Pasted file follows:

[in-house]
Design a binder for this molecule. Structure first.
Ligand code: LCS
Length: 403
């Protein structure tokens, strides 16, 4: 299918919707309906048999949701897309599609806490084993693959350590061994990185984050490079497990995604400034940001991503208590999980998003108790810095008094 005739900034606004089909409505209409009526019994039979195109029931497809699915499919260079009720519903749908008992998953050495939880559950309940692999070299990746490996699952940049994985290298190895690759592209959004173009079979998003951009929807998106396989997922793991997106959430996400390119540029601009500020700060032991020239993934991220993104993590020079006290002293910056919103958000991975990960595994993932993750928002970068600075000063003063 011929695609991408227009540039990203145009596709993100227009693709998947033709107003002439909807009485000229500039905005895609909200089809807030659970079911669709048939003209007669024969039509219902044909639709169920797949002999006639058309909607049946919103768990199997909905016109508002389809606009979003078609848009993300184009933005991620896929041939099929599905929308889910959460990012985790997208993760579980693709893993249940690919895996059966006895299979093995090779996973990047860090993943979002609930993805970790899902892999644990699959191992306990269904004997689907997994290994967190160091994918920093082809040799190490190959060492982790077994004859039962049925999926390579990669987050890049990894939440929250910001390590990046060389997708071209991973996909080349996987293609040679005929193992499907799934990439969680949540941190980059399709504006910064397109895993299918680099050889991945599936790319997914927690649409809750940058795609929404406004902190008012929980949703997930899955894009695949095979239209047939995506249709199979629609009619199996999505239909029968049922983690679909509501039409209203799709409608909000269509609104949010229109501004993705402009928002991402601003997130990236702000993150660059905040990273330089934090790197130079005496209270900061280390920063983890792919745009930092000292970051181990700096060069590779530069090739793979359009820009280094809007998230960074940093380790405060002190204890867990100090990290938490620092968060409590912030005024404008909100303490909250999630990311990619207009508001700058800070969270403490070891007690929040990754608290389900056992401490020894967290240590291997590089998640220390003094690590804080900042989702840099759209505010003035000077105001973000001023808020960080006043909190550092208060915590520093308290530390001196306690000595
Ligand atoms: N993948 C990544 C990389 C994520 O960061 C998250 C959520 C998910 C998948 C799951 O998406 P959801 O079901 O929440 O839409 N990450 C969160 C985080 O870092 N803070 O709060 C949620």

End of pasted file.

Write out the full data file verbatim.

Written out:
[in-house]
Design a binder for this molecule. Structure first.
Ligand code: LCS
Length: 403
């Protein structure tokens, strides 16, 4: 299918919707309906048999949701897309599609806490084993693959350590061994990185984050490079497990995604400034940001991503208590999980998003108790810095008094 005739900034606004089909409505209409009526019994039979195109029931497809699915499919260079009720519903749908008992998953050495939880559950309940692999070299990746490996699952940049994985290298190895690759592209959004173009079979998003951009929807998106396989997922793991997106959430996400390119540029601009500020700060032991020239993934991220993104993590020079006290002293910056919103958000991975990960595994993932993750928002970068600075000063003063 011929695609991408227009540039990203145009596709993100227009693709998947033709107003002439909807009485000229500039905005895609909200089809807030659970079911669709048939003209007669024969039509219902044909639709169920797949002999006639058309909607049946919103768990199997909905016109508002389809606009979003078609848009993300184009933005991620896929041939099929599905929308889910959460990012985790997208993760579980693709893993249940690919895996059966006895299979093995090779996973990047860090993943979002609930993805970790899902892999644990699959191992306990269904004997689907997994290994967190160091994918920093082809040799190490190959060492982790077994004859039962049925999926390579990669987050890049990894939440929250910001390590990046060389997708071209991973996909080349996987293609040679005929193992499907799934990439969680949540941190980059399709504006910064397109895993299918680099050889991945599936790319997914927690649409809750940058795609929404406004902190008012929980949703997930899955894009695949095979239209047939995506249709199979629609009619199996999505239909029968049922983690679909509501039409209203799709409608909000269509609104949010229109501004993705402009928002991402601003997130990236702000993150660059905040990273330089934090790197130079005496209270900061280390920063983890792919745009930092000292970051181990700096060069590779530069090739793979359009820009280094809007998230960074940093380790405060002190204890867990100090990290938490620092968060409590912030005024404008909100303490909250999630990311990619207009508001700058800070969270403490070891007690929040990754608290389900056992401490020894967290240590291997590089998640220390003094690590804080900042989702840099759209505010003035000077105001973000001023808020960080006043909190550092208060915590520093308290530390001196306690000595
Ligand atoms: N993948 C990544 C990389 C994520 O960061 C998250 C959520 C998910 C998948 C799951 O998406 P959801 O079901 O929440 O839409 N990450 C969160 C985080 O870092 N803070 O709060 C949620």